Read An Excerpt

by Carolyn Crane

Genre: Urban Fantasy, Paranormal/Urban Fantasy

 | Read Book Review

Ez the coat check girl, a.k.a. the Stationmaster, draws her face right up close to the glass window of her little booth and fixes me with a piercing gaze. Her fine features and short blonde hair lend her a certain elfin beauty; it’s hard to believe she’s a mass murderer. Honestly, how does a dream invader even kill people? People have bad dreams all the time. They’re just dreams. I should have asked when Packard assigned me her case.

“Do you get a lot of patients coming to your clinic with, you know, Morgan-Brooksteens parasites colonizing their organs?” she asks.

“Oh, yes.” I run my finger along the semicircular hole at the bottom of the window. The coat check booth is situated along a kind of balcony overlooking the glamorous piano bar below. They call this place the Sapphire Sunset. Soft music and voices rise up through the air, punctuated by occasional hoots of laughter.

“What happens to them?”

“Well, once a person’s organs are colonized . . .” I shake my head.

“But I thought there were promising new medications on the horizon!”

“‘Promising’ may be overstating it. Just between us, we don’t want people scared if they have symptoms.”

Ez stiffens. “People should be scared if they have symptoms?”

“No, I said we don’t want them to be scared.”

“Which implies they should be scared!” The conversation winds on like this for a while. It’s easy to frighten a hypochondriac once you understand that it’s just an adult version of monsters in the closet.

I study the booth as she describes her symptoms. Stationmaster Ez is separated from the world by two panes of glass; tokens are passed back and forth along a metal gully under the semicircular holes. To the left is a coat carousel, like a revolving door for coats. Patrons hang them on hooks and Ez spins the coats to her side. She slides a token across the gully for each coat, and then she hangs it up and rollers off lint. You’d never know it’s been her prison for three years. The curtain behind her probably hides where she sleeps and bathes.

Cut off even from touch! Otto only reserves this level of security for his most dangerous offenders; usually when he makes a force field prison, non-prisoners can pass in and out. That’s how it was when he had Packard imprisoned in the Mongolian Delites restaurant.

A new tune noodles up from below. “Muskrat Love.”

Ez lowers her voice. “Whenever he plays that, I want to shove an ice pick in my ear.”

“I bet.” I’d like nothing better than to discuss the insanity of that song, but I can’t let her get off subject. “Look, I could take your pulse and examine your skin tonus,” I say. “That would provide certain indicators.”

She points to the window. “Anti-burglar force field.”

I nod. So that’s how she explains it. Probably only the owner knows she lives here. Her eyes grow huge as I pass my hand through. I have to be touching a target to zing her.

“How’d you do that?”

I’m ready with my story: as a nurse, I have a descrambler that unknits fields just enough for me to pass through.

“I never heard of that!”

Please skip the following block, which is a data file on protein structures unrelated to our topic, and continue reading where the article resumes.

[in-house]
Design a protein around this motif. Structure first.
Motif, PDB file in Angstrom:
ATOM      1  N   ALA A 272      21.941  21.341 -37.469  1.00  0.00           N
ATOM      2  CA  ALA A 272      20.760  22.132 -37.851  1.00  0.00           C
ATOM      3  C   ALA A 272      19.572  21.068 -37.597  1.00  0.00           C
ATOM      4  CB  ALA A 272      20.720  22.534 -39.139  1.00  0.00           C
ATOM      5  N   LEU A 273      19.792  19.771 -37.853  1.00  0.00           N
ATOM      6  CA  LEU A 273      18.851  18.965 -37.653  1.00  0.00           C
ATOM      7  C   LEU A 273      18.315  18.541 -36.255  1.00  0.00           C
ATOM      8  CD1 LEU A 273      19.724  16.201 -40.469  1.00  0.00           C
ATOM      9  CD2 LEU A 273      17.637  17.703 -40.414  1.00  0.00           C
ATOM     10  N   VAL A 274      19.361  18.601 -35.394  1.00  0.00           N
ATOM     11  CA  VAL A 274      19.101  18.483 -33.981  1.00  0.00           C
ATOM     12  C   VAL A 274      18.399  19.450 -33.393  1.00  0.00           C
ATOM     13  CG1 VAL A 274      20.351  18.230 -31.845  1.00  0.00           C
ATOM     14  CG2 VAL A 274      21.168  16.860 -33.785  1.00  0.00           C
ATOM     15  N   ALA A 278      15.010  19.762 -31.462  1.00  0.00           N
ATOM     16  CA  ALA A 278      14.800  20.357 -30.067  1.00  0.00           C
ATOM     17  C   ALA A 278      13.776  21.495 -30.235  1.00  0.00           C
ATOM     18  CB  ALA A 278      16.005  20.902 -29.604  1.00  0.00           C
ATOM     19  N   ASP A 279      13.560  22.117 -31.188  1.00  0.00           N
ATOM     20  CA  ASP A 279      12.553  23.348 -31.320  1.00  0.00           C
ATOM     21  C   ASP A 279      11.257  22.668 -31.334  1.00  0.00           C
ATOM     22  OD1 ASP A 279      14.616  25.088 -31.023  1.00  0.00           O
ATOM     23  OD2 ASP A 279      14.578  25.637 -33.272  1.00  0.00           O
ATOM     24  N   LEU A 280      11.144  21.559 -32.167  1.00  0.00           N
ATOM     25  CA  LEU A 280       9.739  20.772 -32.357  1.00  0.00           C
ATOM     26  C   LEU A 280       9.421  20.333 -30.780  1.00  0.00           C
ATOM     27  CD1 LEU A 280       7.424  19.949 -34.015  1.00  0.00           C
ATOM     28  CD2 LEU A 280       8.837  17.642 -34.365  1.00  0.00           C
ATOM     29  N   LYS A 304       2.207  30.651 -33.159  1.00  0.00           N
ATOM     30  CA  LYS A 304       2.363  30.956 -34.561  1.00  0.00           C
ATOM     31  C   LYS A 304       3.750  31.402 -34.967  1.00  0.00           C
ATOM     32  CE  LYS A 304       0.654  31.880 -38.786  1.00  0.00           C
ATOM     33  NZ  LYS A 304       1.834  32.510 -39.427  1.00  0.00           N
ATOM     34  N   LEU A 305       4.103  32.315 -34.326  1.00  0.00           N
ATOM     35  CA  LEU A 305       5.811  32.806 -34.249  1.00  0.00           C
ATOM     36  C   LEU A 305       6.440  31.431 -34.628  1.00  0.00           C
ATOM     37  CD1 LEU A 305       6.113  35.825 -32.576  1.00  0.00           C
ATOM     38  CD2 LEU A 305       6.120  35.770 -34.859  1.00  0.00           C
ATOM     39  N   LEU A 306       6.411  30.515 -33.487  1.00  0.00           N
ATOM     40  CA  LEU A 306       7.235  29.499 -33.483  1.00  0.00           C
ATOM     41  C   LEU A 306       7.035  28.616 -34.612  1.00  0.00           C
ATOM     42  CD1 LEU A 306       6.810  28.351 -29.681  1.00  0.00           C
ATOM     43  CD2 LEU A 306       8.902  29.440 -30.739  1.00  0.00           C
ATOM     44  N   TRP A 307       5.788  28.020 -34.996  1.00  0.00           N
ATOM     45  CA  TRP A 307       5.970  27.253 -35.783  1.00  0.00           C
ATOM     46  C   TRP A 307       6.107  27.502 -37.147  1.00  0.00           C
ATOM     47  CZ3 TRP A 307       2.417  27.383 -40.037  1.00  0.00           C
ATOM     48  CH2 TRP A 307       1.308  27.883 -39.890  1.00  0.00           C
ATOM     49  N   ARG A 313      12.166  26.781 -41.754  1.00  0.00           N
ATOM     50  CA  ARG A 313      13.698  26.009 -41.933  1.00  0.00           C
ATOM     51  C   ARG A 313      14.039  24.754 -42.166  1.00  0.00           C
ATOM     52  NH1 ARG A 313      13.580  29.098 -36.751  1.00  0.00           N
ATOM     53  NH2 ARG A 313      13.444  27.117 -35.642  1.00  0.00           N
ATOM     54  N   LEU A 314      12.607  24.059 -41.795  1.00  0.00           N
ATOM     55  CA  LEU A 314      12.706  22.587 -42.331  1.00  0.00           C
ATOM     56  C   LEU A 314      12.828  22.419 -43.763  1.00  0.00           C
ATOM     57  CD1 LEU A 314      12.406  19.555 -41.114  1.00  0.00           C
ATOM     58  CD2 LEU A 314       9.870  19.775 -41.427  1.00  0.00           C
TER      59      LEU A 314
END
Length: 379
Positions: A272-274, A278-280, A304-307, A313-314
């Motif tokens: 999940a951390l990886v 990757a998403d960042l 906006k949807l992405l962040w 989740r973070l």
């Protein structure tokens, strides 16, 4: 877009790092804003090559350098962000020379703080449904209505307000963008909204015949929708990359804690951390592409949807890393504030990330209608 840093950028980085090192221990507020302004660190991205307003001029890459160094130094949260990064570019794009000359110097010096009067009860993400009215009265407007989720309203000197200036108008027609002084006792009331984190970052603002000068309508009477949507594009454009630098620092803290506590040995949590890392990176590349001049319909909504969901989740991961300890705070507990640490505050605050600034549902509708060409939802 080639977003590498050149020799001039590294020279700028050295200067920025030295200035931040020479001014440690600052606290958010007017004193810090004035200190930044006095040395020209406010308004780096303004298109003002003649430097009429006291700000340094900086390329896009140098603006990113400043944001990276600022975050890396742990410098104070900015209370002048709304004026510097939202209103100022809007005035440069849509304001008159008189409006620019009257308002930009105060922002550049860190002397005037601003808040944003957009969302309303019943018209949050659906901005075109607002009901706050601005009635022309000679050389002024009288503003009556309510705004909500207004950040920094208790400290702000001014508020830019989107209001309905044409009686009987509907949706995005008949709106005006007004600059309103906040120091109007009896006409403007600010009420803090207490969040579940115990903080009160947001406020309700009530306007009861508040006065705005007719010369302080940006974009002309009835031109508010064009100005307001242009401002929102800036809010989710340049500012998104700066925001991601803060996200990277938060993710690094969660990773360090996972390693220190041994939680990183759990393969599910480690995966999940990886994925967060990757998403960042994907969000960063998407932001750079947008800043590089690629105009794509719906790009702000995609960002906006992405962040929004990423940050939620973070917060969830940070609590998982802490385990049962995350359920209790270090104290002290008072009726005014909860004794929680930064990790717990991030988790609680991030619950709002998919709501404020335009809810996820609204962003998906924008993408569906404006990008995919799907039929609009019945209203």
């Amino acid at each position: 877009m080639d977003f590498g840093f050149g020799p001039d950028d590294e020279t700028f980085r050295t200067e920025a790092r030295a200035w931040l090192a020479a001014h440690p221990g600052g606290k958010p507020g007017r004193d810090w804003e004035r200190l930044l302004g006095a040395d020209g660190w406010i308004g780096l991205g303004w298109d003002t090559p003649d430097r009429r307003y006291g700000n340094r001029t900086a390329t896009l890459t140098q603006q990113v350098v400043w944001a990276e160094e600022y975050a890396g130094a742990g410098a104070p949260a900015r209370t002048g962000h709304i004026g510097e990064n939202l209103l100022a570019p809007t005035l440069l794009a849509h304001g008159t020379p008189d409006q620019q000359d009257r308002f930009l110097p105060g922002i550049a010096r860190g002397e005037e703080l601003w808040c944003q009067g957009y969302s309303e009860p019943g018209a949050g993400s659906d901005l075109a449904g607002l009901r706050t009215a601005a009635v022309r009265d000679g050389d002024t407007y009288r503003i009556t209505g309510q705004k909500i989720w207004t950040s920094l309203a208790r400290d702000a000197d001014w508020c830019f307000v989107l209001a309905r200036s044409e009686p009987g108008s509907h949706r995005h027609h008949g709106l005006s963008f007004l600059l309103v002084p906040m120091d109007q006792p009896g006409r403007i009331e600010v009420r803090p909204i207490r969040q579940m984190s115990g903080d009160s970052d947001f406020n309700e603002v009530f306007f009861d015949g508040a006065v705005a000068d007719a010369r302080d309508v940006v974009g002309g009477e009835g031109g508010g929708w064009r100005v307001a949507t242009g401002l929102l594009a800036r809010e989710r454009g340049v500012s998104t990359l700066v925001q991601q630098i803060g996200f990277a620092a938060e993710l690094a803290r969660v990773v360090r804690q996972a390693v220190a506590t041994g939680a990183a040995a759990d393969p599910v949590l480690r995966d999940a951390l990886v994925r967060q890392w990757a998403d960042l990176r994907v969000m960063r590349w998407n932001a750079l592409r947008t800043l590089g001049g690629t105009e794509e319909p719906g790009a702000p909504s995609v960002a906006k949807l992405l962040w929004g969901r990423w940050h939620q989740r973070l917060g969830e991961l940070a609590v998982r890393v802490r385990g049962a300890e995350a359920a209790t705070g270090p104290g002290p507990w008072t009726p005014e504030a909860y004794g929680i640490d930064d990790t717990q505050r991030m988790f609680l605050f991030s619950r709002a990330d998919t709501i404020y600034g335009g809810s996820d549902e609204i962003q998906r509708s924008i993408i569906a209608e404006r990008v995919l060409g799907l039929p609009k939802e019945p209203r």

“What if you were having a heart attack? How would I treat you?” I don’t tell her the device is the chain bracelet I’m wearing; she might try to rip it right off. “Come on, let’s see.”

Cautiously she places her hand in mine and I pull it toward me, back across the gully, and pretend to inspect her skin as I stoke up the fear I’m going to zing her with. The abnormally large amount of fear I’m able to generate is the reason Packard drafted me into his psychological hit squad, and the reason he could teach me to dump it into other people just by touching them. Later, others from my squad will do the same thing to her, with different emotions. We’re like a demolition team of neurotics.

I concentrate on ripping the hole between our energy dimensions in the area beyond my fingers. The hole acts as a kind of siphon tube, allowing my dark, roiling emotions to rush out of me and into her. Out they flow, faster and faster. I try to maintain my composure, standing there inspecting her hand, but I feel this incredible happiness as the fear leaves my body, my mind, my entire being.

Just then, fingers dig into my shoulders and I’m jerked backward. My hand separates from hers, which is forced back inside the field.

I spin around. “Packard!”

He grabs my elbow and pulls me across the catwalk and down the wide, carpeted stairs, down into the sea of people.

“What are you doing?” I ask, nearly tripping down the last few steps.

He drags me into a corner below the coat check catwalk, where Ez can’t see us.

This sort of rough treatment would make me a lot angrier if I hadn’t just zinged out all my negative emotions. All the same, I shake him off, and I do my best to fix him with a good glare. “Don’t ever do that again,” I say.

His green eyes burn into mine. “Or what?”

I have nothing to say to that, unfortunately.

“You zinged her!” he says. “I told you to wait for me.”

“You were an hour late,” I say.

“What have you done?” Packard’s handsomeness doesn’t come from being pretty and finely sculpted; he has a more brutal handsomeness, with big rough-hewn features that look as if they were carved with caveman tools. Tonight, his shortish cinnamon curls are a bit wilder than usual. He glares at his hands, then at me. 

I should probably be more concerned at this point, but after you zing out all your fear and darkness, life seems pretty great. Glory hour, we call it. Most people think happiness is about gaining something, but it’s not. It’s all about getting rid of the darkness you accumulate.